Joins, Cell Project Space, London, U.K.

96
2019
Cell Project Space
  • Photos: Rob Harris, courtesy of Cell Project Space
  • Photo: Rob Harris, courtesy of Cell Project Space
  • Photo: Rob Harris, courtesy of Cell Project Space
  • Photos: Rob Harris, courtesy of Cell Project Space
  • Photo: Rob Harris, courtesy of Cell Project Space

Rosa Aiello and Patricia L. Boyd, Joins
Cell Project Space, London, U.K., February 1–March 17, 2019

It’s familiar, the voice that you hear immediately as you walk into Joins, a two-person exhibition by Canadian artist Rosa Aiello and British artist Patricia L. Boyd. “Joins” is both a verb (to connect, attach, combine, bond, etc.) and a noun (the places or lines where two or more things are connected or fastened together). Joins can be seamless, but they can also jar, jostle, make us aware of their making. And to what ends? A join — to join — is to ask how things fit together, and how we notice this, or don’t.

“Up the stairs,” the familiar voice says, as I walk across the threshold and enter the exhibition: welcoming me to the space, inducting me, perhaps, activating my presence. The room knows I am here, and now I do too. But it is not a command. It is a recollection. This is an eight-second audio work by Aiello, a brief capture of Christine Blasey Ford’s recent testimony before the U.S. Senate Judiciary Committee, where she spoke about her teenaged sexual assault by the recently appointed Supreme Court Judge, Brett Kavanaugh. Phrases that hint at details of Blasey Ford’s experience run across the bottom of a series of eleven photographs by Aiello, which show a monochrome winter suburb as seen in motion from a nearby highway. The language in Untitled (Blasey Ford) (2019) is precise and recognizable, but also abstracted (“one person goes to the bathroom, one person follows them”), and could be reconfigured to represent any number of encounters: a hint at the insidious, often sinister contents of seemingly banal domestic spaces, shaped and produced by the standardized mechanisms of capital that erect them.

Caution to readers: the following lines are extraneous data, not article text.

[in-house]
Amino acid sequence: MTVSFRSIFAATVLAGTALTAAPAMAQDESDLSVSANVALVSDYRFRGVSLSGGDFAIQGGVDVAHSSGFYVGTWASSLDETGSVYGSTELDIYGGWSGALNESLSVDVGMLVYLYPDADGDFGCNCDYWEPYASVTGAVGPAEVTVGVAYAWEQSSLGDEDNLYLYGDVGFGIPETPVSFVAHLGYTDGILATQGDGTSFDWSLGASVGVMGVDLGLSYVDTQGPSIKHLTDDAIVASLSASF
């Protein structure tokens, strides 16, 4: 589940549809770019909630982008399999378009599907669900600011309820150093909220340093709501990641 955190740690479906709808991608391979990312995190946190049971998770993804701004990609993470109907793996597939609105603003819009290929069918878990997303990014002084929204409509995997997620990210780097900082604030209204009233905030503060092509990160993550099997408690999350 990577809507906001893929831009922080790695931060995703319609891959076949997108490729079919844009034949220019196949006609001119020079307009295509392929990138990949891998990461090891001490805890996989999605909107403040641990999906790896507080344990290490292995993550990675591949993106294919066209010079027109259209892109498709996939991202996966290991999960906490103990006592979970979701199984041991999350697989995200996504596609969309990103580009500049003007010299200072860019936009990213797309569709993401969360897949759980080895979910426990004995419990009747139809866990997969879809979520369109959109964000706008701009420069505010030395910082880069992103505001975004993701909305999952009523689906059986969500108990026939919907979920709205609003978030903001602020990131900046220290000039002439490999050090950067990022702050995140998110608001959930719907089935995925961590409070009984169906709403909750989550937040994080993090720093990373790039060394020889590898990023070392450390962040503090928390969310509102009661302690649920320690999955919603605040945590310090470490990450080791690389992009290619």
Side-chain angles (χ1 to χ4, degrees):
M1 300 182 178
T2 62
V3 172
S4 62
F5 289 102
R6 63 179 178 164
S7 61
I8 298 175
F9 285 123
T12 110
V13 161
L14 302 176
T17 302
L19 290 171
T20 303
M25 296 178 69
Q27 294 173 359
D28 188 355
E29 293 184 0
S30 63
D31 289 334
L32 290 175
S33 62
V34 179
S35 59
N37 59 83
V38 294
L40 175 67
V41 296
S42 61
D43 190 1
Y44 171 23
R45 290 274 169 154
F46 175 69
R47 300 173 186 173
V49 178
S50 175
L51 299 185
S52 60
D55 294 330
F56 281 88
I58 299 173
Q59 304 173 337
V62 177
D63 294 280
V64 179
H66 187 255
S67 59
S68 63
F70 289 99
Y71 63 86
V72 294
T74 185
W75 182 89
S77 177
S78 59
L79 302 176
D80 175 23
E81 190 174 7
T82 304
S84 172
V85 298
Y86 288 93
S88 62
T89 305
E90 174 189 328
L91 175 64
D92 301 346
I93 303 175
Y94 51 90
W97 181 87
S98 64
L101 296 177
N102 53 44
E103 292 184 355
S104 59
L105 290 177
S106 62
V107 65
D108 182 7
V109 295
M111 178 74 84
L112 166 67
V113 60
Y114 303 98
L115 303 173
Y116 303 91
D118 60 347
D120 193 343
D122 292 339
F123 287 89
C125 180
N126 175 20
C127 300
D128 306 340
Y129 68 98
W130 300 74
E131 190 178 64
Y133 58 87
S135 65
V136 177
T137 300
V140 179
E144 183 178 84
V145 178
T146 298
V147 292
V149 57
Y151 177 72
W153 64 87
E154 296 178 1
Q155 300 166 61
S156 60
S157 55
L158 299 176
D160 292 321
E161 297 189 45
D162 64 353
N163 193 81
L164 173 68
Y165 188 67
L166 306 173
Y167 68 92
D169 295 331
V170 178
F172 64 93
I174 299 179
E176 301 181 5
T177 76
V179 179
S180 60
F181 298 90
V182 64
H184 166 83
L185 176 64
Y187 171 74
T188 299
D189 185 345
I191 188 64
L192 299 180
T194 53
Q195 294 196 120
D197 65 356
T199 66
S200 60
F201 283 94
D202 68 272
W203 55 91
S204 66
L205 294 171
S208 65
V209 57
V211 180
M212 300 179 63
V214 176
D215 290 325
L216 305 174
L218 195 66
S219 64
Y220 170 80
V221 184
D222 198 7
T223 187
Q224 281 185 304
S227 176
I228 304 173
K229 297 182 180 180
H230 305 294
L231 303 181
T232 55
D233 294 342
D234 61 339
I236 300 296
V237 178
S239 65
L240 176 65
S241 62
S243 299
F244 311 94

Indeed, spaces that we think are empty are often full, fulsome, overflowing with that which wishes to remain hidden, that which obscures itself in a language of absence or neutrality. This notion is reconstituted in sculptural form in Boyd’s Aeron Armrest I−XII (2019) and Absorption, Elimination: Technics SL−1200MK2 (CCA Wattis, 10/12/17−02/24/18) (2017−2018). Both works are casts of corporate cast-offs: a Herman Miller Aeron Chair and a Technics turntable sold in liquidation auctions of Bay Area technology companies. With used restaurant grease, flecked with mottled wax and resin, Boyd casts the internal weight of the record player and the inside of the arm chair — exercises in negative space that reveal idiosyncratic textures and details, the works are at once recognizable and gnomic, recessed into the wall like a grid of waxy talismanic relics. Nearby, a video work by Boyd, Men Assembling: 12/10/2019, 23:55:00–12/11/2019, 00:06:48, Channel 4 Television (2013–2019) splices together the TV shows that aired before and after her commissioned artist film screened on Channel 4 in 2013. In an adjoining space, another short audio work by Aiello, Rapid Transit (2017–2019) plays every fifteen minutes, filling the exhibition space with the rushing screech of a train. In Joins, everything is connected, we are surrounded by forces that act upon us and inform every moment, even if we cannot see or hear them. But take a moment, the artists deftly propose, and you will.

Captions

Image 1 & 2: Rosa Aiello, Untitled (Blasey Ford), 2019; Rapid Transit, 2017-2019. Photos: Rob Harris, courtesy of Cell Project Space

Image 3: Joins, installation view, Cell Project Space, London, 2019. Photo: Rob Harris, courtesy of Cell Project Space

Image 4: Patricia L. Boyd, Men Assembling: 12/10/2019, 23:55:00–12/11/2019, 00:06:48, Channel 4 Television, 2013-2019. Photo: Rob Harris, courtesy of Cell Project Space

Image 5 & 6: Patricia L. Boyd, Aeron Armrest I-XII, detail, 2019. Photos: Rob Harris, courtesy of Cell Project Space

Image 7: Patricia L. Boyd, Absorption, Elimination: Technics SL — 1200MK2 (CCA Wattis, 10/12/17–02/24/18), 2017-2018. Photo: Rob Harris, courtesy of Cell Project Space

 

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